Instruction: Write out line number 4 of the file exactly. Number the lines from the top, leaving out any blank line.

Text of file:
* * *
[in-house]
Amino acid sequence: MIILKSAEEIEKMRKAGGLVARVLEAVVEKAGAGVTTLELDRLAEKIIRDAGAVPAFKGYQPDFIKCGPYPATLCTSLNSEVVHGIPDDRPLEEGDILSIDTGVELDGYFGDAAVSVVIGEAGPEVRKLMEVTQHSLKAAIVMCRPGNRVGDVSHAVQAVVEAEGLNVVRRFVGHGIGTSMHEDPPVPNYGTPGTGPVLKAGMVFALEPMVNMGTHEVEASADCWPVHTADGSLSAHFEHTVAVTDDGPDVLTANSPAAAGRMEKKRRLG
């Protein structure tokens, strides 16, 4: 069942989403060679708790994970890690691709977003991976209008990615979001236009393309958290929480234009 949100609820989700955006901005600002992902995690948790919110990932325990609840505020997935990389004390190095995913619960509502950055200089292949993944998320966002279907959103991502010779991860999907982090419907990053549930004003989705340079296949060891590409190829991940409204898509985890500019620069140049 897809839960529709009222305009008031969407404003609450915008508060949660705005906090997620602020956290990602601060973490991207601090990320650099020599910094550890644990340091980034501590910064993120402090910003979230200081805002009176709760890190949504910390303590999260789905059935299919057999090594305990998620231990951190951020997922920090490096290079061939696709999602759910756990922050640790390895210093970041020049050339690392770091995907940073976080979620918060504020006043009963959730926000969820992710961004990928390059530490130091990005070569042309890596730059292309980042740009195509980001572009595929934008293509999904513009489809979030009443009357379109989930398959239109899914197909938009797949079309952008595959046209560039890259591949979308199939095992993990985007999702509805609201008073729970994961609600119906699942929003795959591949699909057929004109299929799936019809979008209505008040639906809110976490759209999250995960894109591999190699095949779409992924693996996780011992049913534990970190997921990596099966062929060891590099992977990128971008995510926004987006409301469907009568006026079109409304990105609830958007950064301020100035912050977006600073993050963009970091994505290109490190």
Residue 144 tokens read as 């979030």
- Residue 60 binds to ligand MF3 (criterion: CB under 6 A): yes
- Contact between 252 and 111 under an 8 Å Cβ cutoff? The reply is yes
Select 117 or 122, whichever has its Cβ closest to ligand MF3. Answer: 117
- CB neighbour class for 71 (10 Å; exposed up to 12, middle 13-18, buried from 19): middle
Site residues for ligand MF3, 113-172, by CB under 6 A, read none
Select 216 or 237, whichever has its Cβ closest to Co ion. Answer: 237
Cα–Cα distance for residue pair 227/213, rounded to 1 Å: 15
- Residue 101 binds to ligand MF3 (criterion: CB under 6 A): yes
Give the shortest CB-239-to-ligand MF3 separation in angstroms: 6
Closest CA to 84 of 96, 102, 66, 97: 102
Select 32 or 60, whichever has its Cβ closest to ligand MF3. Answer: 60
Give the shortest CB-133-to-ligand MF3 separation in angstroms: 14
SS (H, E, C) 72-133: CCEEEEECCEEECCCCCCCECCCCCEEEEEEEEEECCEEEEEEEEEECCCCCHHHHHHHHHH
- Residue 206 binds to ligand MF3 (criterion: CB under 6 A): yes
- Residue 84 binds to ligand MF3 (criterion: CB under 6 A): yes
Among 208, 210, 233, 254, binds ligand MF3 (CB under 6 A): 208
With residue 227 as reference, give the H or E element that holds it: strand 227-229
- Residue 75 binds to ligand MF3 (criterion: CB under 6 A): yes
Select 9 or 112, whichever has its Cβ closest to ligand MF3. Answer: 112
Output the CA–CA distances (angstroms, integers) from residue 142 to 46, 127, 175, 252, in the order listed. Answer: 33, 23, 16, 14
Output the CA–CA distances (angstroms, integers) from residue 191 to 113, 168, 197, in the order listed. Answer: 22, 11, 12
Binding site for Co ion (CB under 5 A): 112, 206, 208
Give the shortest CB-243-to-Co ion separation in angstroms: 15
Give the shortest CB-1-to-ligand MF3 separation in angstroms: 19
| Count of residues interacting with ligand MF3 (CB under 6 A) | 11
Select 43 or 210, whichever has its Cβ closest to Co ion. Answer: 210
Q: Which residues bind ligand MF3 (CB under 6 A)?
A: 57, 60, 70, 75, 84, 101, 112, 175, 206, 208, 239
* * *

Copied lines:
Residue 144 tokens read as 């979030």